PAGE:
Wilczek, who earned a bachelor’s degree in nuclear engineering from SUNY Buffalo and a MBA from Syracuse University, has been a part of ASAP for five years. In addition to Keuka, he has taught at SUNY Oswego, Le Moyne College, and Bryant and Stratton. He has taught traditional and older students and enjoys doing both, and adjusts his teaching style to meet the needs of each group.
“Non-traditional students have more knowledge and experience from which to work,” he said. “A 21-year-old doesn’t know as much as someone 55 to 60 years old.”
In addition to his business acumen, Wilczek brings a lot more to the classroom.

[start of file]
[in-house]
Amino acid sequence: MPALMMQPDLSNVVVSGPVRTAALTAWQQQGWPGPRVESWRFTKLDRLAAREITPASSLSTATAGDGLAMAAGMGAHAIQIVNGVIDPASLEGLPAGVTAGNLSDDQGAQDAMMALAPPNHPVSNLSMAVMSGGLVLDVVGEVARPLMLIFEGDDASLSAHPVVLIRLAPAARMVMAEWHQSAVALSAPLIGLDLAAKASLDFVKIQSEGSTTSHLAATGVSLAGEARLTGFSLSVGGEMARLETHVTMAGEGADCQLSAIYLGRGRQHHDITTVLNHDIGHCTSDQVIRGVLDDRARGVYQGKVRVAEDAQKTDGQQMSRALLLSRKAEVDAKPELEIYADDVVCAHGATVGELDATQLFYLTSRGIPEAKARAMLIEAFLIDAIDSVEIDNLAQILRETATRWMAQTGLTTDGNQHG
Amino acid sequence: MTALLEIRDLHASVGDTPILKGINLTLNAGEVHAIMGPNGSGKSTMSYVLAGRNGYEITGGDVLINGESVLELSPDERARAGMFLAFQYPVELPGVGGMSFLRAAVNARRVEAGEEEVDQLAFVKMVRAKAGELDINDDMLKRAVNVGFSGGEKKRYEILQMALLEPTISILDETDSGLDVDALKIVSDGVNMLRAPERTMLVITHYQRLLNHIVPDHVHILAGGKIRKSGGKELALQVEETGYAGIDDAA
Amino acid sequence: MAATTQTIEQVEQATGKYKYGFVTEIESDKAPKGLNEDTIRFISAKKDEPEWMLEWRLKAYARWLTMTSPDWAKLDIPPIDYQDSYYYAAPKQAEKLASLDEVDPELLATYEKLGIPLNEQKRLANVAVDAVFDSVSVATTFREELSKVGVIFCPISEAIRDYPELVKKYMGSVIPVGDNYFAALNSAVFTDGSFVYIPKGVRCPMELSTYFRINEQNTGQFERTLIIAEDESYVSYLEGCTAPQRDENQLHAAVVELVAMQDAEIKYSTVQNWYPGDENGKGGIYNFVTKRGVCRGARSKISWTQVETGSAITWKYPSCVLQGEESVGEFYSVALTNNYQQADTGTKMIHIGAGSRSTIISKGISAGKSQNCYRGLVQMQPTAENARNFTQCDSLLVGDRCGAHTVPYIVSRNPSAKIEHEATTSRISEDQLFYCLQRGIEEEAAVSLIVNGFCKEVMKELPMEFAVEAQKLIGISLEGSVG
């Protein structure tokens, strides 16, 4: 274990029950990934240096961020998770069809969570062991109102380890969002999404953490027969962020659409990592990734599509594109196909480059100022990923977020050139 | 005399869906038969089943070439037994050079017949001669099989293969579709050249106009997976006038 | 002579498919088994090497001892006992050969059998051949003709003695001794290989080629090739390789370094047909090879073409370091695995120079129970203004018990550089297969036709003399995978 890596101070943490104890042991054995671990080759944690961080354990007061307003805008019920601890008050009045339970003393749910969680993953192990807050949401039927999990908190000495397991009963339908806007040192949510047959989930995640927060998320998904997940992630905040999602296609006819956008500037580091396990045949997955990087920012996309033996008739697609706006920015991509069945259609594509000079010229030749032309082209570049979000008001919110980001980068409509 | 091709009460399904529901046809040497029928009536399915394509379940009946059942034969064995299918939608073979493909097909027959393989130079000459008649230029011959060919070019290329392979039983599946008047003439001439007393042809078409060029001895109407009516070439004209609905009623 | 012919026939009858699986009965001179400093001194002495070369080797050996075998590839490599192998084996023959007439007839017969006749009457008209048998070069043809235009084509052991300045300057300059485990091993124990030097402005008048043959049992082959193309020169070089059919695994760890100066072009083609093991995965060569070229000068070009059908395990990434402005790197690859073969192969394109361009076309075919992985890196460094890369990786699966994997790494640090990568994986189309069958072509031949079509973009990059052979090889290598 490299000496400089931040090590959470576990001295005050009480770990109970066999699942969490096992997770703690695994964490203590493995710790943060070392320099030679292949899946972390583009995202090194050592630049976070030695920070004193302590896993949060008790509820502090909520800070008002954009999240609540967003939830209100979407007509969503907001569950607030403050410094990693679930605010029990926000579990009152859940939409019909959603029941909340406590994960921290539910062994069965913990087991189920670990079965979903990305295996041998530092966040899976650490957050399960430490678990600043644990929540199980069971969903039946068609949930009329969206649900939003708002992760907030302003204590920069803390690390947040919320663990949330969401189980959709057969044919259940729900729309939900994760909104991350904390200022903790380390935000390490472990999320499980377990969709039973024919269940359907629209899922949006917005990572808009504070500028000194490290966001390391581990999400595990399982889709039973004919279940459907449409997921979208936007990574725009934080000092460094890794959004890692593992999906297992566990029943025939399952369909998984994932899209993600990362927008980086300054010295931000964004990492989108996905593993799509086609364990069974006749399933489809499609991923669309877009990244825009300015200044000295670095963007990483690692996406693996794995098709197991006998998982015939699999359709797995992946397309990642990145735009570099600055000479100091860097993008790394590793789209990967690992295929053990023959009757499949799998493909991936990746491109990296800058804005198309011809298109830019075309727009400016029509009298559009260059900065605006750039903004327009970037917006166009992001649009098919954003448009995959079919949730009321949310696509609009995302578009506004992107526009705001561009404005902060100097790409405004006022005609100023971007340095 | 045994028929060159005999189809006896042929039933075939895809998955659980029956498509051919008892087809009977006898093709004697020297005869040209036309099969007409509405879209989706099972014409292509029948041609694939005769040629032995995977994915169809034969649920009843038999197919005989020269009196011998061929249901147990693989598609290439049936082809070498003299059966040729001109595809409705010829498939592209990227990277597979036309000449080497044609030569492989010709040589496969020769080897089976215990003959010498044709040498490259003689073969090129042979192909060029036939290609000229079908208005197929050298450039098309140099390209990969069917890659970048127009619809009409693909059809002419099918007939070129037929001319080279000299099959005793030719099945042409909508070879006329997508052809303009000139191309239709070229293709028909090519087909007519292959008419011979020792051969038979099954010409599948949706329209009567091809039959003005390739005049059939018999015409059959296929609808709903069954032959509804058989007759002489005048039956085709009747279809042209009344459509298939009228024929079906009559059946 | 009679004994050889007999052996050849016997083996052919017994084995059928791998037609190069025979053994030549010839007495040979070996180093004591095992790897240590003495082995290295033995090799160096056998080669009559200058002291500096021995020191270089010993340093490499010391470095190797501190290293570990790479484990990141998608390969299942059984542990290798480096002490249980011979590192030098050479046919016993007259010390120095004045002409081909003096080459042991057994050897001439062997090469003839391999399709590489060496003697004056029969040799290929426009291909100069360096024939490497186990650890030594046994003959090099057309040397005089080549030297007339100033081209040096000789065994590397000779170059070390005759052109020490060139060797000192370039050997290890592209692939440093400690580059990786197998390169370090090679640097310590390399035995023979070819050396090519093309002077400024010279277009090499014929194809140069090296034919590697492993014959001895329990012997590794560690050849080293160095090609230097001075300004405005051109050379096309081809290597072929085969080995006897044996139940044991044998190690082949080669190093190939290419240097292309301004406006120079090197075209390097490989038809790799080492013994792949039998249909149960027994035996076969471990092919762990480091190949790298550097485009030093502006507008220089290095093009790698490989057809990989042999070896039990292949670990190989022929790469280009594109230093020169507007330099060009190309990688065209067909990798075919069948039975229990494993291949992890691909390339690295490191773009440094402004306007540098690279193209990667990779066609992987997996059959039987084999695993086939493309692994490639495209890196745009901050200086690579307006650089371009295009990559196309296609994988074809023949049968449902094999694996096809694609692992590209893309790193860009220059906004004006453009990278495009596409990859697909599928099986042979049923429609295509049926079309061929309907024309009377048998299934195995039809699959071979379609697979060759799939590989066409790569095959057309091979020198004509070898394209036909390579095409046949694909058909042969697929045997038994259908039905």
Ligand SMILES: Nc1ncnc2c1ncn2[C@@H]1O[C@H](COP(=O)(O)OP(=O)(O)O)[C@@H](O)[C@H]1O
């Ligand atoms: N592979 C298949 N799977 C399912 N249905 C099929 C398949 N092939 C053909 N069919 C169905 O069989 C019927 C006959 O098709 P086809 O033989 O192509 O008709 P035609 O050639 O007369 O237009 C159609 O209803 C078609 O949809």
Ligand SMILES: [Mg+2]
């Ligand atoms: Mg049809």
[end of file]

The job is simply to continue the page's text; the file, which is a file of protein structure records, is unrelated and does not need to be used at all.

“He is the most prepared teacher I ever had,” said Lippincott, who earned a master’s degree in management from Keuka in May.
Wilczek subscribes to dozens of magazines so that he is as up-to-date as he can be. In his Strategic Management course he engaged his students in a discussion about Apple, in particular how the company would fare after the death of Steve Jobs.
Wilczek is also the author of two novels: The Kept Secret was published in 2006, followed by The Soma Man in 2008. His third book is currently in the works.
“He shared what he went through writing books, most notably the importance of conducting quality research,” said Lippincott. “That inspired me to conduct solid research for my Action Research Project.”
Despite a budding writing career, Wilczek has no plans to give up teaching.
“I enjoy being in a classroom,” he says. “I’m at the point in my career where I only do things for fun.”